We are an open and welcoming mosque. We want peace and wish to keep the community safe. After the repeated attacks we are looking to upgrade the security of the mosque to include more cameras, security locks and gates.

The Australian community has always shown great support, for which we are very thankful for and proud to call Australia our home.

We welcome people from all communities to join us and stop hatred and spread the message of peace and love!

Please help us collect these much needed funds and show the offenders that peace and love will always win!

















HFA is an Australian charity helping and supporting Australian and overseas families, children and the seriously disadvantaged, along with many other Aid programs. 

To find out about our upcoming projects please contact us.














At Sisters Support Services Inc we have qualified volunteers who help women in their darkest moments & time of need to empower them to make the right choices for better outcomes for their own lives.

Here are some examples of our cases over the past few months. ALL names have been changed to protect client identities.

1. Aisha, a victim of Domestic Violence came to us for assistance. We assisted her by giving her money to buy clothing and personal items as she left her home quickly and with very little. Aisha has also needed ongoing counselling which she has been receiving from us for the past few months. She was taken to appointments and connected with the right people who helped her start a new life in a safe environment.

"Thank you so much for your help. I am so very grateful. Thank you to Sister Services. Allah bless you all."

2. Katie, a revert sister with young kids needed ongoing counselling and support as she had not been coping well at home and was not able to look after herself and her family. Sisters Support Services was there for her;
"I can't tell you enough in words how grateful I am, just by listening to me when I was feeling so low. Life is not looking so dark anymore !"

3. Sarah also a revert sister recently divorced with a young child arrived in Brisbane with virtually nothing. We have helped her with everyday essentials, food supplies & assisted her to find suitable accommodation. Sarah has some health issues & needed financial support with purchasing medications & by being driven to medical appointments by our volunteers.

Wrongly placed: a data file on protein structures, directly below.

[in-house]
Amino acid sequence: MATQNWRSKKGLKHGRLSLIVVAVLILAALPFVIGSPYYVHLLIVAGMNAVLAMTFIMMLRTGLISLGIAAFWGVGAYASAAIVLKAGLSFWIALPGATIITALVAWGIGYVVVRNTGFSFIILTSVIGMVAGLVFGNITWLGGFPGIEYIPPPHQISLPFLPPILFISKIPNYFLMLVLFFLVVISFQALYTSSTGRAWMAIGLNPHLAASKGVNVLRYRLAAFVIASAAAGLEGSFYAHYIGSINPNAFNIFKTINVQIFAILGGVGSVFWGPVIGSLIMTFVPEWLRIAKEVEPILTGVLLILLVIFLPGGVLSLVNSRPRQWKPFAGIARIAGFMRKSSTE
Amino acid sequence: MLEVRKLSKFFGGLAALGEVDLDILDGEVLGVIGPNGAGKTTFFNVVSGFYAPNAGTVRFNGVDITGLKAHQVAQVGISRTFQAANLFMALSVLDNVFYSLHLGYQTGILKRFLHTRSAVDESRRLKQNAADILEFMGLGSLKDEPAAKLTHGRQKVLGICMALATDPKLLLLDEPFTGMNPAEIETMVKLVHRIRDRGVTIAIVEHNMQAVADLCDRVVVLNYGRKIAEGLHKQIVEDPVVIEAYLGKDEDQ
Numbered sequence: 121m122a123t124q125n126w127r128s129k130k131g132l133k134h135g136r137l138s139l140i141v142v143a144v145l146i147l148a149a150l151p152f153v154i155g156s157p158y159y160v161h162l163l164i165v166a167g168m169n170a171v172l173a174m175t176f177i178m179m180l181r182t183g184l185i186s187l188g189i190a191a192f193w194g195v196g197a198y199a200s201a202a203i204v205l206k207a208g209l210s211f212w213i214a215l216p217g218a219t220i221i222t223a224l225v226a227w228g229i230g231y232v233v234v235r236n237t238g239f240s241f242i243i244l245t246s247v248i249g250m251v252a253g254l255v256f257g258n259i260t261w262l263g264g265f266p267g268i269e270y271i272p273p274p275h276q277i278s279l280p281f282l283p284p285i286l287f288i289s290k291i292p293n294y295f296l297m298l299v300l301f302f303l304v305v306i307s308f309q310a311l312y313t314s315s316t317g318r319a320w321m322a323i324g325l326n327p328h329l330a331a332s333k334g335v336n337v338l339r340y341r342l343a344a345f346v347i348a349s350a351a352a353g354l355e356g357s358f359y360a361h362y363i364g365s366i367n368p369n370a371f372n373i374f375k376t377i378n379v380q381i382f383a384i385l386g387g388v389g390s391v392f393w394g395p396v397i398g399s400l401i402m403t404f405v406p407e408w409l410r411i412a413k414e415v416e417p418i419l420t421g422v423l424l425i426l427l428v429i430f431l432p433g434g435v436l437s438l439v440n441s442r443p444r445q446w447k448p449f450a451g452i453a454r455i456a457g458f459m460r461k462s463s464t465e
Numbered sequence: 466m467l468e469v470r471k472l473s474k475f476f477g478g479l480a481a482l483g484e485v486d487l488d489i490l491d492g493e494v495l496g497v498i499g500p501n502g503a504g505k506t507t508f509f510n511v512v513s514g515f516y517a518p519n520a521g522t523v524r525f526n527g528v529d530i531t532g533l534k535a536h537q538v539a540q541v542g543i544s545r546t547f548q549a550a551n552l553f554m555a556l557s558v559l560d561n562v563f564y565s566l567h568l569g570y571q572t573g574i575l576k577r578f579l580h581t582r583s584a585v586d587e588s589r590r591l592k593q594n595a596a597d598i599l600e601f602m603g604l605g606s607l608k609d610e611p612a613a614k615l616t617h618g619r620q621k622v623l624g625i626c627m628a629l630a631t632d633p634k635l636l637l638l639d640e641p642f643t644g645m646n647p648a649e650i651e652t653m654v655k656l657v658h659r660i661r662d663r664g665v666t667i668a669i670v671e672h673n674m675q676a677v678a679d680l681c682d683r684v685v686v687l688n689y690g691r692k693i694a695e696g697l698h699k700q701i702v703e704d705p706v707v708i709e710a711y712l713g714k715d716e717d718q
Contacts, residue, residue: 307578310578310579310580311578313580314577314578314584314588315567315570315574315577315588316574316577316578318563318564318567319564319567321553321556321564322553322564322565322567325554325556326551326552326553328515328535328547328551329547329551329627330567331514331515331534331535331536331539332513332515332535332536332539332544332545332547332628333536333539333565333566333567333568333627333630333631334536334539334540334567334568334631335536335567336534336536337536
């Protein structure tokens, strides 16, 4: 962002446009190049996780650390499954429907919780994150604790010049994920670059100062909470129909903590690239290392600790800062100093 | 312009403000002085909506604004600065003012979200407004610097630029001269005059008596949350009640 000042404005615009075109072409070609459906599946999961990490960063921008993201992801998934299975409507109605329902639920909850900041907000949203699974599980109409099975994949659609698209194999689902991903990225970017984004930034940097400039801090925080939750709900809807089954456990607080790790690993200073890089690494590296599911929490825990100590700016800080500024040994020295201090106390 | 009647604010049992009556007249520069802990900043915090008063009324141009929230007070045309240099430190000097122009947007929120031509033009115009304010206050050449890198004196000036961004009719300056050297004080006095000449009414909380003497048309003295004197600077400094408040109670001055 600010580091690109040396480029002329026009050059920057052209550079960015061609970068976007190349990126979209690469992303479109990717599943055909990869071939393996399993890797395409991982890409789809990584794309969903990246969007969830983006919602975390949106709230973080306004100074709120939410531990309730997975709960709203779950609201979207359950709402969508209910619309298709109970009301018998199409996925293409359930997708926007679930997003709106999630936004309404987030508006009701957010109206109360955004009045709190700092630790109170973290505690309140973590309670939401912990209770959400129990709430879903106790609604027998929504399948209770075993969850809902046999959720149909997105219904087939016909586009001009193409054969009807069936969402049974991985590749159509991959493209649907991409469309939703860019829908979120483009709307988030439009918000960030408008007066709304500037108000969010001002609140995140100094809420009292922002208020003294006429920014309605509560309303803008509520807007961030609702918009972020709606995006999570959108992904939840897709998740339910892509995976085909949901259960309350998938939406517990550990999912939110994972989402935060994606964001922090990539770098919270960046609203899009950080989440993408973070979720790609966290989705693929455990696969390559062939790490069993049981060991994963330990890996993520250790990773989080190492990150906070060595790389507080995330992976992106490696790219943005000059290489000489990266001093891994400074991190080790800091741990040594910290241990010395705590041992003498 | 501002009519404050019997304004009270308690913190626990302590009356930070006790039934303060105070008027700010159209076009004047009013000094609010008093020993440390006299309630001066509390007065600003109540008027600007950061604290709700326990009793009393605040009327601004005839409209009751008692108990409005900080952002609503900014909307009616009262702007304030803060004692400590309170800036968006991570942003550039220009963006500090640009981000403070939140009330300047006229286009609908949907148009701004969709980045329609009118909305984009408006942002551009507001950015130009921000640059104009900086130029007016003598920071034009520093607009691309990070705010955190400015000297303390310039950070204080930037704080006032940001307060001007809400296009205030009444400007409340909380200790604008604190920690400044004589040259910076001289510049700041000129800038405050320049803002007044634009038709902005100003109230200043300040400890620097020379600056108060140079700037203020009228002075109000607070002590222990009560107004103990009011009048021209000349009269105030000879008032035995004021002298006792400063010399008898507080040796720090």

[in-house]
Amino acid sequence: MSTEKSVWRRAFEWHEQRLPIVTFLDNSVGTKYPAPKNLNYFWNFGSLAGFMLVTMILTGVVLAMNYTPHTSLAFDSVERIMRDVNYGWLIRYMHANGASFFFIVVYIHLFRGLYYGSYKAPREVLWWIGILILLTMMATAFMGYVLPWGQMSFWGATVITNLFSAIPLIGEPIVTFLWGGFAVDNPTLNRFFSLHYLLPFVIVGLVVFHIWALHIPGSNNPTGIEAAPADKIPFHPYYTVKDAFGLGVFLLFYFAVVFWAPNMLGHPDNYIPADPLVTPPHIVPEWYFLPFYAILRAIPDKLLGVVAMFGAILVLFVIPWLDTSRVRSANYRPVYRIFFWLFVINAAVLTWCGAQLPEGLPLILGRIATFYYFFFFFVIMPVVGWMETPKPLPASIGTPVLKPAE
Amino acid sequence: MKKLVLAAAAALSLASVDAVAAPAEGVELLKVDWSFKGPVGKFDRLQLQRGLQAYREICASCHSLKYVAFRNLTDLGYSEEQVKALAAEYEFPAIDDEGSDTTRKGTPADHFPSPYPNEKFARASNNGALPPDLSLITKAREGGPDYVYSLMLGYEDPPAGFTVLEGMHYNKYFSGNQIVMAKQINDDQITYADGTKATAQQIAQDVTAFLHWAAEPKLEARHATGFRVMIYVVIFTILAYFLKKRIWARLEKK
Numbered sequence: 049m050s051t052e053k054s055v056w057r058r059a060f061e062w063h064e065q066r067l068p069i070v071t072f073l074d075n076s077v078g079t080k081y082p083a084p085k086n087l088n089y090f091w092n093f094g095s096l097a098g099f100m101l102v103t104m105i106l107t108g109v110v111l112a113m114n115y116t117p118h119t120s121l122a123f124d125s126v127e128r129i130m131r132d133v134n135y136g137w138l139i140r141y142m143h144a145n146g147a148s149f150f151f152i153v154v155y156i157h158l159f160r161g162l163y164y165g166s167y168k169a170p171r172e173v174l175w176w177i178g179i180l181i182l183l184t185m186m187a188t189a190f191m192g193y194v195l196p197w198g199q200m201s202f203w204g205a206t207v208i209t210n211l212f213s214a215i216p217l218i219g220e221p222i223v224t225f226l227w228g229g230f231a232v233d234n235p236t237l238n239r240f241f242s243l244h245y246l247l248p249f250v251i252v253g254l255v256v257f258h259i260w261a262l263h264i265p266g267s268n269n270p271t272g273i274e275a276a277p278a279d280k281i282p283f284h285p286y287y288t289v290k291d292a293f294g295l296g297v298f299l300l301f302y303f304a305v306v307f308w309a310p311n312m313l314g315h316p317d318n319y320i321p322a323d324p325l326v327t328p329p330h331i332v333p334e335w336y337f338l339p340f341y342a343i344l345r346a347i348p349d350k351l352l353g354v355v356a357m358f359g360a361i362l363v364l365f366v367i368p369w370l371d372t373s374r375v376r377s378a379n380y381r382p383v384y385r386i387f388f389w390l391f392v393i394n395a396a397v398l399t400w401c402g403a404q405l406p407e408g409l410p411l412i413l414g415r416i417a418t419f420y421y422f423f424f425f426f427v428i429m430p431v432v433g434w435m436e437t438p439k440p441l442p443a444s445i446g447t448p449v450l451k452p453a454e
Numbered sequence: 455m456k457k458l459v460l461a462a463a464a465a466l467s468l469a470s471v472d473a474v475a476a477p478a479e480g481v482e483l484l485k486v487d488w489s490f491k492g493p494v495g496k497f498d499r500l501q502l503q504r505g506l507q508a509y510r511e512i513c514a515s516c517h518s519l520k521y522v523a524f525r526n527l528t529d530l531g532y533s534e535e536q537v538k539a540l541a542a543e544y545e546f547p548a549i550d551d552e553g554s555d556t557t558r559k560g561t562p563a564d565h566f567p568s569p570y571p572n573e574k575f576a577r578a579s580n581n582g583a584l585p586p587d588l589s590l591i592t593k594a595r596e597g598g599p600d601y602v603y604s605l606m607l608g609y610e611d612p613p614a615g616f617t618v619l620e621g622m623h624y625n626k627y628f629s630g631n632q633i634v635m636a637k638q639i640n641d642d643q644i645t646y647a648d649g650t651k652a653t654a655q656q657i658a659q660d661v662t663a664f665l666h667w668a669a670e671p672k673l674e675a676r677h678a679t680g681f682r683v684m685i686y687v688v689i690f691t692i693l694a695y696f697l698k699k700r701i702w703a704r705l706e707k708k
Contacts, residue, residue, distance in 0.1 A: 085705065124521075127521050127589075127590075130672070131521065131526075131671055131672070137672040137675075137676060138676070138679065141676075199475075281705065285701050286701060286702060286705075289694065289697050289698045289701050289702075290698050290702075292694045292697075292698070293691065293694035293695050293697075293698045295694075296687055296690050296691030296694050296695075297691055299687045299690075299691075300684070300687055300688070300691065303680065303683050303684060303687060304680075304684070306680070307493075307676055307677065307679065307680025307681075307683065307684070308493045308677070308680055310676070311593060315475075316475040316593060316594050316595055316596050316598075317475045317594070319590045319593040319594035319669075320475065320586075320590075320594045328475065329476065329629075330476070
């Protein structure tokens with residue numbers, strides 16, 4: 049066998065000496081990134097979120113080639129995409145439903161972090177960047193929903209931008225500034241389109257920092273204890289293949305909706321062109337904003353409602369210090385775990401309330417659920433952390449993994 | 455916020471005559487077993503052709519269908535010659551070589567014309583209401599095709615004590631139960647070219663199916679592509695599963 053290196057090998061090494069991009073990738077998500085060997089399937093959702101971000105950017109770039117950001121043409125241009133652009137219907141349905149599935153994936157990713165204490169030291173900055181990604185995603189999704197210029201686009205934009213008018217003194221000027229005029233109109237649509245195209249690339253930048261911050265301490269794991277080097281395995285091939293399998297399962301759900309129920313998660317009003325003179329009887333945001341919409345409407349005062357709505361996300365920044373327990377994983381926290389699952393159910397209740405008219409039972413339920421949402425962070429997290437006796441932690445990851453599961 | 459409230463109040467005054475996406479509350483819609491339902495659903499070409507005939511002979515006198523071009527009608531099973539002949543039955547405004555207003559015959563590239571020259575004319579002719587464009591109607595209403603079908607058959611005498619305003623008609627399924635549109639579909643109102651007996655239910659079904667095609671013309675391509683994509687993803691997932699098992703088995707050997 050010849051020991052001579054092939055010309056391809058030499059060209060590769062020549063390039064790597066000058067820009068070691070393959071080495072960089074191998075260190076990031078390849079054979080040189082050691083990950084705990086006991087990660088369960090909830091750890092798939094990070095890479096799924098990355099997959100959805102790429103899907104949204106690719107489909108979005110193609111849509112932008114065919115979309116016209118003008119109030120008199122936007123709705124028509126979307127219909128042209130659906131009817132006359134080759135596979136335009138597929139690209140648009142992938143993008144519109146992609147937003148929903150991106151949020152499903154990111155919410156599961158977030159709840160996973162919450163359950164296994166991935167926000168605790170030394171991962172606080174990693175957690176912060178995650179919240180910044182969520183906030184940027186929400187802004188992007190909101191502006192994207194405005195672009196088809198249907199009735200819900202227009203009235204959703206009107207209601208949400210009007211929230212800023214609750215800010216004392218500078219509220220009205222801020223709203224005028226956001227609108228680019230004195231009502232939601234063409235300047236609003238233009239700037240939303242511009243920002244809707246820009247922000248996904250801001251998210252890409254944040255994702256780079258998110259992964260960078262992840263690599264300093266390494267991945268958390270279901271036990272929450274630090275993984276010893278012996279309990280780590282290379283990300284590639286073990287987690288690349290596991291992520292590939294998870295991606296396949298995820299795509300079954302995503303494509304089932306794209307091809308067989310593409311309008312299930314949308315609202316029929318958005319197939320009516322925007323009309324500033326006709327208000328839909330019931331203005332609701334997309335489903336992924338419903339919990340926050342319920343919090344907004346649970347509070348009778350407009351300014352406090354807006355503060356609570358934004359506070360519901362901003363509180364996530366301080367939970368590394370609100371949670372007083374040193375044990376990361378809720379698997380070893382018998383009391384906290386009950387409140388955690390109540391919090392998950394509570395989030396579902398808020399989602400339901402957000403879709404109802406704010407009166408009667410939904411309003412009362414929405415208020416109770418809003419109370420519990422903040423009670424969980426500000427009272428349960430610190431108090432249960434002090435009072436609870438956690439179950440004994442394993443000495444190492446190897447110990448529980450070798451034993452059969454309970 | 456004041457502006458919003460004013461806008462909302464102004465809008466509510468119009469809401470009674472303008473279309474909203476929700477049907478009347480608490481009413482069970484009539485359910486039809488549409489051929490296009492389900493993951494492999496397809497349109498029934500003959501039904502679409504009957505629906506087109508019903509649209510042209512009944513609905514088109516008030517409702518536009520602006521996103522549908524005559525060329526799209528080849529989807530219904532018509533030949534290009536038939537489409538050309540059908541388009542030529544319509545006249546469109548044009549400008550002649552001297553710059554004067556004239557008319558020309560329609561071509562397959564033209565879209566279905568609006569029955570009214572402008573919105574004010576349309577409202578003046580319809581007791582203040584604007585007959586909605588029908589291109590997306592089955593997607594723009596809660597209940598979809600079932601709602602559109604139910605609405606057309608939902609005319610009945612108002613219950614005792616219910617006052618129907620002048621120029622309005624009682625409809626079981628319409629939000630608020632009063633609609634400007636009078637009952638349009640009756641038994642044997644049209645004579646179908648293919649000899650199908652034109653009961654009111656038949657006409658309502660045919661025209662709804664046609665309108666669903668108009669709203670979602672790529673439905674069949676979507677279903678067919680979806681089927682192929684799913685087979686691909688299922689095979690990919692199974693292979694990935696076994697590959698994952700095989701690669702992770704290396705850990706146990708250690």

"So happy with the help I've received from Sisters Support Services."







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"If it's not here's not happening!"l)

To claim your date for your event email






(Click on link)





15 September



Sh. Yahya Ibrahim - 'Know Thyself' - Course on Purification of the Soul


AlKauthar Institute

Griffith University, Nathan Campus

or 0438 698 328

8:30AM to 5PM

19 October



Victims of War: FUND RAISER Dinner



Islamic College of Brisbane, KARAWATHA

0415 786 643

6.30PM sharp

9 November




Citizenship Ceremony

Islamic Council of QLD


0435 086 796


16 November



Annual Milad-un-Nabi


Al-Mustapha Institute of Brisbane


0422 433 074

from 3.30PM to Maghrib




1. All Islamic Event dates given above are supplied by the Council of Imams QLD (CIQ) and are provided as a guide and are tentative and subject to the sighting of the moon.


2. The Islamic date changes to the next day starting in the evenings after maghrib. Therefore, except for Lailatul Mehraj, Lailatul Bhahraat and Lailatul Qadr - these dates refer to the commencement of the event starting in the evening of the corresponding day.



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Bald Hills, Brisbane




Al-Mustapha Institute of Brisbane 

39 Bushmills Court, Hillcrest Qld 4118


Download the programme here.










Masjid As Sunnah



Every Sunday Quran Tafsir or Islamic Lesson or Arabic Class.
After Magrib
Conducting by Imam Yahia Baej

Children Arabic/Quran Class every Tue-Wed-Thursday after Magrib




Nuria Khataam
Date: Every last Wednesday of the month
Time: After Esha Salaat
Venue: Algester Mosque
Contact: Yahya
Ph: 0403338040















Queensland Police Service/Muslim Community Consultative Group



Time: TBA
Date: TBA
Venue: Islamic College of Brisbane (ICB), 45 Acacia Road, Karawatha

Email with any agenda considerations or questions.


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Useful Links




HikmahWay Institute HikmahWay offers online and in-person Islamic courses to equip Muslims of today with the knowledge, understanding and wisdom to lead balanced, wholesome and beneficial lives.

Kuraby Mosque

Holland Park Mosque

Al-Nisa Provide young Muslim women in Queensland with support and opportunities to express themselves

MUSLIMS AUSTRALIA / Australian Federation of Islamic Councils (AFIC) Islamic Schools, Halal Services and a whole lot more...